Speech perception across the adult lifespan with clinically normal hearings by Christian FULLGRABE (MRC Institute of Hearing Research, Nottingham, UK)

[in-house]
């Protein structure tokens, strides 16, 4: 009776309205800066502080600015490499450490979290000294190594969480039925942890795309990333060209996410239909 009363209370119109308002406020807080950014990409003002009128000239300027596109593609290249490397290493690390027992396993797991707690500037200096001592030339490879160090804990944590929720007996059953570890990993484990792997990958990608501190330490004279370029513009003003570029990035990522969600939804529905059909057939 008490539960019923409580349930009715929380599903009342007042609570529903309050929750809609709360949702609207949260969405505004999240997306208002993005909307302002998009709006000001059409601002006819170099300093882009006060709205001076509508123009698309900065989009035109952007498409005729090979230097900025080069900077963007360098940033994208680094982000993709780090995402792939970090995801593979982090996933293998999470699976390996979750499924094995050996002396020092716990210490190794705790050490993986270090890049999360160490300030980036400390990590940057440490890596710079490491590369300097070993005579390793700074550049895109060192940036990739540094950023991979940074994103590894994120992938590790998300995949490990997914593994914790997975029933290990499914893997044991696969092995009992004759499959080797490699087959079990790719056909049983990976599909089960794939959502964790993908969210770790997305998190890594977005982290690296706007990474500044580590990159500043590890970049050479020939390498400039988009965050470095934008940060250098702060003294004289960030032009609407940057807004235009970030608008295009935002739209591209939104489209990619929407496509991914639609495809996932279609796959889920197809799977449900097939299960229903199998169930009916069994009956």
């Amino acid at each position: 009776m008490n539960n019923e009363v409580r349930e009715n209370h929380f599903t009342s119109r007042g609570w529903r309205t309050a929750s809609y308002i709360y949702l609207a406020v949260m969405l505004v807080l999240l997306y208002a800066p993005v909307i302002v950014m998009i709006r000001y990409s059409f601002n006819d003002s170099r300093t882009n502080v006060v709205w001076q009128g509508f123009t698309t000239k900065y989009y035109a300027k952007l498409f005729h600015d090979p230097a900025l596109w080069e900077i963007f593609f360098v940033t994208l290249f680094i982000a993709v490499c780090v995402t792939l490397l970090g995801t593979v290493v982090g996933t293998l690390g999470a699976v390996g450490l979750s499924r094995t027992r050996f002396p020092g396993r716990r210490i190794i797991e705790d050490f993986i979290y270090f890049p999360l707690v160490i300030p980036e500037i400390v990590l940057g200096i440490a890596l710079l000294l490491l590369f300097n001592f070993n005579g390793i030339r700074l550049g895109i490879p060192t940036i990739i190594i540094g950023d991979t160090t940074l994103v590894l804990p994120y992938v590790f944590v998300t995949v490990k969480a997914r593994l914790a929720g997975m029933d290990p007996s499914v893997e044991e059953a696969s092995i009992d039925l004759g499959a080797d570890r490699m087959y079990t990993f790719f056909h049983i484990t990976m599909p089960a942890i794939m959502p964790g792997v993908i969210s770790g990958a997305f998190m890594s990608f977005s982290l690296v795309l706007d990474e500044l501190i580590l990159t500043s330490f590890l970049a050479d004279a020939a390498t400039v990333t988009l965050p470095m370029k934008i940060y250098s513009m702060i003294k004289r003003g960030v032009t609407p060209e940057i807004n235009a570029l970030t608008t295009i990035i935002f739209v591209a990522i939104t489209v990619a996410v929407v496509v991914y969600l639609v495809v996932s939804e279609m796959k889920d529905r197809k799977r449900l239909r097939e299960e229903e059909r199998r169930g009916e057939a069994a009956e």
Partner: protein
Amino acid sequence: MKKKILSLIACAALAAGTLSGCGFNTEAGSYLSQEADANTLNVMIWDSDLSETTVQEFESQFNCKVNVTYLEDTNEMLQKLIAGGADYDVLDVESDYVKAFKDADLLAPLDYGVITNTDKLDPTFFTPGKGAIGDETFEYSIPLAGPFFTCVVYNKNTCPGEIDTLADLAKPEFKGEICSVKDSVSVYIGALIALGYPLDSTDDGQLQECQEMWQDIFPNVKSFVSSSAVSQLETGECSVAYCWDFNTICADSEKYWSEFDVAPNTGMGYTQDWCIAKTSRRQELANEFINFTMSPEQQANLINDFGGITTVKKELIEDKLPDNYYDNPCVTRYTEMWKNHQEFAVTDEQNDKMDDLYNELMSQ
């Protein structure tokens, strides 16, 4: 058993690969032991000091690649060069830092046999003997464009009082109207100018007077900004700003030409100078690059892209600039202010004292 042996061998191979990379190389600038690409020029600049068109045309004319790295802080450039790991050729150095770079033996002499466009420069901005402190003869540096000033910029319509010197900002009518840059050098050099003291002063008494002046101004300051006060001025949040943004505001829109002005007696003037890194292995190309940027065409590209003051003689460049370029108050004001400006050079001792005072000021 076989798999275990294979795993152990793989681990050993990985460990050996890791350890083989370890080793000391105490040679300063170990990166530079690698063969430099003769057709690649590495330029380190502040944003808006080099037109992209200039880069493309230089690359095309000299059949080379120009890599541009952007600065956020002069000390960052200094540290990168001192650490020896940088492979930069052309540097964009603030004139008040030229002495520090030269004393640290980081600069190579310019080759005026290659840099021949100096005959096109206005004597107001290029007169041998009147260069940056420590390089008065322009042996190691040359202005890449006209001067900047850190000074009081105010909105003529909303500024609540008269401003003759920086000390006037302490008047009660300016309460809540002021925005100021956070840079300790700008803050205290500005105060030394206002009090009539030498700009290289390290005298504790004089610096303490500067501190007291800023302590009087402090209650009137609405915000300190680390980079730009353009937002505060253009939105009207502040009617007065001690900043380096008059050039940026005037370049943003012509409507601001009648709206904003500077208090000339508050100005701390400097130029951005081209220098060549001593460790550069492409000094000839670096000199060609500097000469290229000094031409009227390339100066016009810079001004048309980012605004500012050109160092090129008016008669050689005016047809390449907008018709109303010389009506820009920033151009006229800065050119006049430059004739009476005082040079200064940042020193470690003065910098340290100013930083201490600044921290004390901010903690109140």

Subjective reports suggest that older listeners experience increased listening difficulties in noisy environments, and experimental investigations seem to confirm this age-dependent deficit. However, older persons are generally unaware of their peripheral hearing status (i.e., the presence of a hearing loss) and most published studies used lax audiometric inclusion criteria. Hence, lower speech intelligibility could, at least partially, be explained by a reduction in audibility with age. Also, most aging studies limited their age comparison to groups of ""young"" (e.g. ≤ 30 years) and ""older"" listeners (e.g. ≥ 60 years), making it impossible to pinpoint the onset of the putative age effect. This talk will present two cross-sectional investigations of central age effects on speech perception, using participants with clinically normal hearing. Performance on supra-threshold temporal-processing and a battery of cognitive tasks (including tests of processing speed, working memory and attention) was assessed, and compared with speech identification in quiet and in different (steady and fluctuating) background noises. To determine when during adulthood a decline with age in these abilities first becomes apparent, participants were sampled continuously from the entire adult age range (18-91 years). Despite a large individual variability, the results show an age-dependent decline in speech identification, especially above 70 years. Sensitivity to temporal information and cognitive performance deteriorated as early as middle age, and both correlated with speech-in-noise perception.